2. Section 179 expensing: For 2011, the maximum Code Section 179 deduction is $500,000, the highest it has ever been. The maximum Section 179 deduction will be reduced to $139,000 for 2012. Moreover, the 2012 limit will have to be reduced dollar for dollar by any amount by which the cost of Code Section 179 property placed in service during 2012 exceeds $560,000.

3. Employee transportation benefits: For 2011, an employer can provide up to $230 per month in tax-free transportation benefits — this includes transit passes or reimbursement for commuting to work by vanpool. Starting in 2012, the limit will be reduced to $125 per month.

Tax breaks that have been eliminated for 2012

Three widely used tax breaks will be eliminated entirely starting in 2012:

1. State and local sales tax deduction: For 2011, taxpayers can elect to deduct as an itemized deduction on their Schedule A (itemized deductions) state and local sales taxes, instead of state and local income taxes. This deduction is eliminated starting in 2012. This is bad news for taxpayers who live in states with no state income tax.

2. $4,000 education expense deduction: For 2011, taxpayers with modified adjusted gross income of $65,000 or less ($130,000 or less for joint returns) may deduct up to $4,000 of qualified education expenses paid during the year for themselves, their spouses, or their dependents.

Such expenses include tuition and mandatory enrollment fees to attend any accredited public or private institution above the high school level. This deduction is eliminated entirely for 2012.

3. Charitable Contributions: IRA (individual retirement account) owners age 70 1/2 and up can directly transfer up to $100,000, tax free, to eligible charities during 2011. This option, created in 2006, is available for distributions from IRAs regardless of whether the owners itemize their deductions. This provision is eliminated for 2012.

Tax breaks that have been expanded or extended

A couple of tax breaks have been expanded for 2012:

1. Hire a veteran, get a tax credit: If you hire an eligible unemployed veteran for your business during Nov. 22, 2011, through Dec. 31, 2012, you’ll qualify for an expanded work opportunity tax credit. This is a tax credit against income tax of up $5,600 (more for disabled veterans).

2. Reduced Social Security Taxes? During 2011, Social Security taxes are reduced to 10.4 percent up to the annual income ceiling, instead of the normal 12.4 percent. The U.S. Senate passed a two-month extension of the 2 percent reduction, but the House rejected the Senate bill.

However, most people believe that — one way or another — the 2 percent reduction will be extended through the end of 2012.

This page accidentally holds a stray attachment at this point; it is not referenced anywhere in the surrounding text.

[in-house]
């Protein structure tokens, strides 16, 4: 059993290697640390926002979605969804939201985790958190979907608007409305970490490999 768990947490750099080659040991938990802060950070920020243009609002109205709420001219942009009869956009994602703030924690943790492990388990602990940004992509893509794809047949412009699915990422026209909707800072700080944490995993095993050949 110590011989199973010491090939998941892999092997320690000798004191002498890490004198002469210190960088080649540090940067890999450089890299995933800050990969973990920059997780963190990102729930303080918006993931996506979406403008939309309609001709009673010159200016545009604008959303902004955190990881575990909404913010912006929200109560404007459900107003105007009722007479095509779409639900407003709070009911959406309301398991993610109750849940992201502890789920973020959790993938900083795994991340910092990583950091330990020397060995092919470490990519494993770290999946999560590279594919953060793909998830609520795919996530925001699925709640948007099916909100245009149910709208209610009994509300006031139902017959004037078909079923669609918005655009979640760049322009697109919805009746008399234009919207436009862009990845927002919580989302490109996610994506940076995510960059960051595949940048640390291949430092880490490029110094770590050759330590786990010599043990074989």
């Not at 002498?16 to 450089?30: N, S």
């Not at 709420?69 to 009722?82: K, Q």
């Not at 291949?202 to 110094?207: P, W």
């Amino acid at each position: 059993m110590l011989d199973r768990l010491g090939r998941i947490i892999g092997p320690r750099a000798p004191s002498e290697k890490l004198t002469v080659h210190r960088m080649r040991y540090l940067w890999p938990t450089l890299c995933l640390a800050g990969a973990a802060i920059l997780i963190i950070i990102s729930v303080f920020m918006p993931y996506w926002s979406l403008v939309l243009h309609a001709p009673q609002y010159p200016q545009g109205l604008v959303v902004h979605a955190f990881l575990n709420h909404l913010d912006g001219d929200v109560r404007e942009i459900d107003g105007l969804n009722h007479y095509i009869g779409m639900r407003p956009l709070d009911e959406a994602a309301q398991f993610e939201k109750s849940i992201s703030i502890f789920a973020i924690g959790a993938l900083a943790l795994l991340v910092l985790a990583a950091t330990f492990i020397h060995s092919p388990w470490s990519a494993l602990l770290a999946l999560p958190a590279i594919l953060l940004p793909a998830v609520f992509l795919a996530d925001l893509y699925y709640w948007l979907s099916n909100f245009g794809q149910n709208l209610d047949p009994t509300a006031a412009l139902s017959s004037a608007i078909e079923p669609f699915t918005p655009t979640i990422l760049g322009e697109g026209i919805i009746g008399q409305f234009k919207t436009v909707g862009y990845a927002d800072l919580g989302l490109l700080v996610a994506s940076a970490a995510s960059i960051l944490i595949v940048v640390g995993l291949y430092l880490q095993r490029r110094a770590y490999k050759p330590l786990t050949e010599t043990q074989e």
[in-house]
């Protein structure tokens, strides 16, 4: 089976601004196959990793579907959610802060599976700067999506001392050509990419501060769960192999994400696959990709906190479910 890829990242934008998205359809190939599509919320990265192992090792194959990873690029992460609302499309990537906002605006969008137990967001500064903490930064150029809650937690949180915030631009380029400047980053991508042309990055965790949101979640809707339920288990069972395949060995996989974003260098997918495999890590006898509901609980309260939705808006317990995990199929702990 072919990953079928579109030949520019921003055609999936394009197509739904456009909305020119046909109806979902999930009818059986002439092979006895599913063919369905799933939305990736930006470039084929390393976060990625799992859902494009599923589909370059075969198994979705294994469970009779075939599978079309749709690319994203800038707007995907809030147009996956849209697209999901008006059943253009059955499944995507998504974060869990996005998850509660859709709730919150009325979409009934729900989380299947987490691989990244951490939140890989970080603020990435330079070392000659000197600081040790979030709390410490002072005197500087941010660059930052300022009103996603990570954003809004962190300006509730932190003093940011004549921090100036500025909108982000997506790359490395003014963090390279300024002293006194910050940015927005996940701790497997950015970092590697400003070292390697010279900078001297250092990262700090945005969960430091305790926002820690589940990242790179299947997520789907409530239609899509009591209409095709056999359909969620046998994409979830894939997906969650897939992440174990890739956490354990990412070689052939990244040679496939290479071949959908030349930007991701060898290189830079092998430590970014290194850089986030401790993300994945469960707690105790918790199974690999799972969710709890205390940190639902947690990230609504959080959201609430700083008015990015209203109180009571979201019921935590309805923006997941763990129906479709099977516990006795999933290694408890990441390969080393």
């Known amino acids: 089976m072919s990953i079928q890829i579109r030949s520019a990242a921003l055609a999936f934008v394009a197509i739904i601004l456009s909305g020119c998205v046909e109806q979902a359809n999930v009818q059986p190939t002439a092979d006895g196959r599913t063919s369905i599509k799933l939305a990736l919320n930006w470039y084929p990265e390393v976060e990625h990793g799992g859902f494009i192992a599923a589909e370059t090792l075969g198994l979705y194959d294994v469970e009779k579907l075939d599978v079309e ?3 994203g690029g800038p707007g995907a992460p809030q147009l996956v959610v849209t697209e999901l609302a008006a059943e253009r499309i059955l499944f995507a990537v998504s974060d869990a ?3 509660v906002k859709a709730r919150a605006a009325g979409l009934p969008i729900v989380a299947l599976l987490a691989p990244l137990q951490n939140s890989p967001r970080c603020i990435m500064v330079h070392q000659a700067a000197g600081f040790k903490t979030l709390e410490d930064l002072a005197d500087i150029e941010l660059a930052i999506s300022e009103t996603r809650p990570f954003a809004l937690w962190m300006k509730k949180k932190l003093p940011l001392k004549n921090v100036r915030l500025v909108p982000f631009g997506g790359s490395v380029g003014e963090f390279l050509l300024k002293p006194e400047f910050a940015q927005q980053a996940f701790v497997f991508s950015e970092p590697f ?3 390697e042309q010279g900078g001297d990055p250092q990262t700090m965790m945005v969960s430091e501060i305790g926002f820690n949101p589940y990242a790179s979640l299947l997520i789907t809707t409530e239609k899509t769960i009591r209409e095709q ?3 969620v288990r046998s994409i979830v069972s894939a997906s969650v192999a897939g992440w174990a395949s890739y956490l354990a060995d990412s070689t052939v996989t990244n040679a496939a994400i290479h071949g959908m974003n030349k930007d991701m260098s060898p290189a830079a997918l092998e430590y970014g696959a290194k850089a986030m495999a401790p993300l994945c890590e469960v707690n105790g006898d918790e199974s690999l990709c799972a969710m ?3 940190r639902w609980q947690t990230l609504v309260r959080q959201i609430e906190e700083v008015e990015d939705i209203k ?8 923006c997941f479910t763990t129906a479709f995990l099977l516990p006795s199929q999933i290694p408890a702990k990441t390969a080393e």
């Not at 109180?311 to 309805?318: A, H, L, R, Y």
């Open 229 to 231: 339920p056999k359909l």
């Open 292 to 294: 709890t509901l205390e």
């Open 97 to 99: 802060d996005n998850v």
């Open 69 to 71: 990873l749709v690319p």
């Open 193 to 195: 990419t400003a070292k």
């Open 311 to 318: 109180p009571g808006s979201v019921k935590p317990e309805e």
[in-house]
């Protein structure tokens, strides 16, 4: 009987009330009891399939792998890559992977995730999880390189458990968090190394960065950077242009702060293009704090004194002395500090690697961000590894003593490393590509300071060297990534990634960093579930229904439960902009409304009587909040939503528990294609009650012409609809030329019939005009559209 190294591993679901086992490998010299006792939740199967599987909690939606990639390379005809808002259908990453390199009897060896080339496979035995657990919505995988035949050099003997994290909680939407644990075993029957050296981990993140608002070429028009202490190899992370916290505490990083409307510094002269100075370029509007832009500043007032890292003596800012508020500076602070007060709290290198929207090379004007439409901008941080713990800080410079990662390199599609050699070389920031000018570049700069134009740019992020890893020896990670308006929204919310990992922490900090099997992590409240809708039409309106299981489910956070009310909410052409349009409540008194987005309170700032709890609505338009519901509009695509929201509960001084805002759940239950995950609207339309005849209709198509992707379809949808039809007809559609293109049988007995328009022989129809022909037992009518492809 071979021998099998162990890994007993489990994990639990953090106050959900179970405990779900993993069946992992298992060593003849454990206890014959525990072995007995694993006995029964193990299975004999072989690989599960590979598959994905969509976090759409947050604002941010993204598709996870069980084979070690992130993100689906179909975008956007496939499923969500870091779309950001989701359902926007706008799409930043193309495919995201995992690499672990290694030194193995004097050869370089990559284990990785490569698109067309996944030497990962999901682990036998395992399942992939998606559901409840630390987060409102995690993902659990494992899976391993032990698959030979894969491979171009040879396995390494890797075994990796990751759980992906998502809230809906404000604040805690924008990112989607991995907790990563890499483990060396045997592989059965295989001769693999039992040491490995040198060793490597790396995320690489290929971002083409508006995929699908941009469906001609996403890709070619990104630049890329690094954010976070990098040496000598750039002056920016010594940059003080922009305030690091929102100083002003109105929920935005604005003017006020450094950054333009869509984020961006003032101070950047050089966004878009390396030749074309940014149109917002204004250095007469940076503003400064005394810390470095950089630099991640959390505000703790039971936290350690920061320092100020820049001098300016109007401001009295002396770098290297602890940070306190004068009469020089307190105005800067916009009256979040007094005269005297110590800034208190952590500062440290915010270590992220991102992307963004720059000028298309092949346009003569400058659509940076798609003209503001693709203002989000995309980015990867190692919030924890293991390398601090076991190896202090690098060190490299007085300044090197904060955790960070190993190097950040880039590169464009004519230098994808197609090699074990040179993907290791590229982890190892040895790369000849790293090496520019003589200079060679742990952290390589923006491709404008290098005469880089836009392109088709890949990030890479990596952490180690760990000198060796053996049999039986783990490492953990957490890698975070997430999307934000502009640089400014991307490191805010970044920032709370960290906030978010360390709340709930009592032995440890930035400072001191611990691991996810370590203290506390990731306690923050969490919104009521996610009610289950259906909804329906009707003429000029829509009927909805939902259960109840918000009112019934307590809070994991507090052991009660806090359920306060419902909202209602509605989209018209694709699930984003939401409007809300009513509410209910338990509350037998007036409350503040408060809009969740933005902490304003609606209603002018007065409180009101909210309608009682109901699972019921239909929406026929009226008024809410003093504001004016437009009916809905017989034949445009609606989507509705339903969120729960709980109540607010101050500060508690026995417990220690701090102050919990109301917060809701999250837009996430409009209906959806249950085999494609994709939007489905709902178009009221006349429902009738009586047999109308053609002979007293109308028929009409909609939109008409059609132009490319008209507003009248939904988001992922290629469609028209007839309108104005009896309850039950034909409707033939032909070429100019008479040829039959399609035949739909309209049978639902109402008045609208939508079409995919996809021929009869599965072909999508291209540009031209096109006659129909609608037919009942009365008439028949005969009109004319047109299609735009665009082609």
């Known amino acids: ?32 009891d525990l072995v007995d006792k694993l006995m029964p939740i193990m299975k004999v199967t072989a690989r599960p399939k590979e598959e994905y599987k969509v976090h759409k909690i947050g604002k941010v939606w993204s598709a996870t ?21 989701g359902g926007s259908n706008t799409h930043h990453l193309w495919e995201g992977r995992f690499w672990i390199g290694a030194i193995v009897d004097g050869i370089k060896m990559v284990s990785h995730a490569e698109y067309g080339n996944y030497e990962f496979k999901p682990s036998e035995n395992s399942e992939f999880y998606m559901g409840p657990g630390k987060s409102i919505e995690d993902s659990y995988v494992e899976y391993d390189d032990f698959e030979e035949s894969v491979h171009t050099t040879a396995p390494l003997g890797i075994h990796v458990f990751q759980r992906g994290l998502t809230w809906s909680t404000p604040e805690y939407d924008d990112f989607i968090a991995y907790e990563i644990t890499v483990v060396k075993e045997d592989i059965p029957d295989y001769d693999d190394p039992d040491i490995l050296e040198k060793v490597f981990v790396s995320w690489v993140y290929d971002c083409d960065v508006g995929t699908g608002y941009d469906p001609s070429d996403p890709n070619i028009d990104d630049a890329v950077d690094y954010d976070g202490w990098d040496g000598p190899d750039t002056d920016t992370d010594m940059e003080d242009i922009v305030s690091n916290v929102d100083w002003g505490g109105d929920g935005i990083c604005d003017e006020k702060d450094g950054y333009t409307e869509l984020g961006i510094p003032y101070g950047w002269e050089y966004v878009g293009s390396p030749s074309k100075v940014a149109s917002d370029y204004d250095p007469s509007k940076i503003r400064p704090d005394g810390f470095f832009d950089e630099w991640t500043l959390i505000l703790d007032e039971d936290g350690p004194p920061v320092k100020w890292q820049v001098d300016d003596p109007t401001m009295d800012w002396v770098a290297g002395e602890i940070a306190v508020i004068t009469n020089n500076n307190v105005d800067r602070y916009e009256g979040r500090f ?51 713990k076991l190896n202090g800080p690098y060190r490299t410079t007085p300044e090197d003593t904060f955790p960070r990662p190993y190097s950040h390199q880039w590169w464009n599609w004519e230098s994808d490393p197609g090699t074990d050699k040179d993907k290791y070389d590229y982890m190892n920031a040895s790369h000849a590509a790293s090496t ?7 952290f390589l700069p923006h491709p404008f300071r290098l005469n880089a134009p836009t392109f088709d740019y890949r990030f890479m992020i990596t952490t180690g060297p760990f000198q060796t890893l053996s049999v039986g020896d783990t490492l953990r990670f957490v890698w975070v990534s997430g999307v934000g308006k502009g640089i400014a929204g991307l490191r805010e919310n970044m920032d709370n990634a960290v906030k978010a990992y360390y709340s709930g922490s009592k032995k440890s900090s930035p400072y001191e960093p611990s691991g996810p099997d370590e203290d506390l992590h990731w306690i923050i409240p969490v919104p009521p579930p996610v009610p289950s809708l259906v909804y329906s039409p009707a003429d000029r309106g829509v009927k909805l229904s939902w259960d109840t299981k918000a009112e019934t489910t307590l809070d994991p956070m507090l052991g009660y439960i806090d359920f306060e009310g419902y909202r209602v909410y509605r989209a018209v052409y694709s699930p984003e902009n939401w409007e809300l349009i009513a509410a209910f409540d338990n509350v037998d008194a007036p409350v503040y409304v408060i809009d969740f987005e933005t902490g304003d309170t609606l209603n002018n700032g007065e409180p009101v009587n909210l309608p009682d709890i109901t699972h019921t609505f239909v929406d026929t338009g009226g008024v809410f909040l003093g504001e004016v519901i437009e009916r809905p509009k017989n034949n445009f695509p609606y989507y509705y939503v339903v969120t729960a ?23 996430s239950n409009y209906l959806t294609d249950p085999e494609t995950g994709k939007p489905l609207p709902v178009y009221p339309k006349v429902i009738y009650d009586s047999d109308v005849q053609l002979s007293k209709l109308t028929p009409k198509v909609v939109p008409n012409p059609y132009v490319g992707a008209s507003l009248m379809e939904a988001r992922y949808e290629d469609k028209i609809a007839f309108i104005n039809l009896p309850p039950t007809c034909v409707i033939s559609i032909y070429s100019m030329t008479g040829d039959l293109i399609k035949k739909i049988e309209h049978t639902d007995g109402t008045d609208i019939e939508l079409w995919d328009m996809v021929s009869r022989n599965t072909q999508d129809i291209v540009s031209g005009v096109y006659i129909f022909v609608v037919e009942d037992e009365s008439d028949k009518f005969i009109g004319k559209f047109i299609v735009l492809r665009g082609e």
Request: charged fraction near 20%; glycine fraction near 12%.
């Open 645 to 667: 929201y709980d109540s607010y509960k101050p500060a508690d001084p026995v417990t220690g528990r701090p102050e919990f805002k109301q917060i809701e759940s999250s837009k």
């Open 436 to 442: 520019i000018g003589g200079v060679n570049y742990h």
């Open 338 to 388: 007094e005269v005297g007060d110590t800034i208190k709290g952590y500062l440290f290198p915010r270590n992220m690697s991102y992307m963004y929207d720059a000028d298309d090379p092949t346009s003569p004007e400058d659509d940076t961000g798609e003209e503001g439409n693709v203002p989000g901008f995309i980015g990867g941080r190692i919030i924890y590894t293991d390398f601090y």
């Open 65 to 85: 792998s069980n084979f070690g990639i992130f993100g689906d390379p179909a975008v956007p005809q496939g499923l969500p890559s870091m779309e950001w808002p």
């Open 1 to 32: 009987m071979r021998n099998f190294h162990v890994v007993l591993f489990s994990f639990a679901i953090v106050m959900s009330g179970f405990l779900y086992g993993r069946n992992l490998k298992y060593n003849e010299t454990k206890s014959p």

Stephen Fishman is a tax expert, attorney and author who has published 18 books, including “Working for Yourself: Law & Taxes for Contractors, Freelancers and Consultants,” “Deduct It,” “Working as an Independent Contractor,” and “Working with Independent Contractors.” He welcomes your questions for this weekly column.

3 tips for staging your home to sell

Decluttering has financial upside

By Dian Hymer
Inman News®

Today’s buyers are looking for turnkey homes. That is, they want to move right in without having to do a lot of work. Buyers with busy lifestyles pay a premium for listings that are in prime condition. Staging can make the difference between a listing selling or not, the time it takes to sell, and the ultimate sale price.

Sellers who are financially strapped often have a hard time accepting that they’ll need to invest in preparing a house for sale even though they may sell for less than they paid. Fix-up costs can mount up; your agent can help you prioritize so that you don’t waste money. It’s important to keep your goal in mind, which is to sell your house in a difficult market.

Recently, a home in Piedmont, Calif., an affluent city neighboring Oakland, came on the market in “as is” condition. It had been lived in for decades without much upgrading. Although located in a desirable area, the listing was vacant, dark and showed poorly. The sellers refused to do any work to improve its appeal.

After months on the market with no significant interest, the sellers pulled the house off the market and made improvements. The wall-to-wall carpet was pulled up to reveal hardwood floors that were then refinished. Painters lightened the interior and a professional stager was hired to bring in furniture, artwork, house plants and accessories. The listing was put back on the market with a fresh look and sold right away.

HOUSE HUNTING TIP: Although listings staged by a good decorator show well and often sell quickly, you don’t need to spend a lot to put your home into shape for marketing. Most homeowners have too many personal possessions in their home from a sale standpoint. Decluttering is something most sellers need to do.

This can generate uncomfortable emotional responses. One seller, who was cleaning out the family home of 50 years, found a packet of love letters his father sent to his mother. Of course, he had to read all of them, which delayed his fix-up schedule.

Consider hiring someone to help you sort, pack, donate and recycle items that you no longer want. You may be able to take a tax deduction for things you donate. Make sure to get a receipt. Your real estate agent should be able to recommend someone who can help you clear your house of clutter if you are overwhelmed by the project.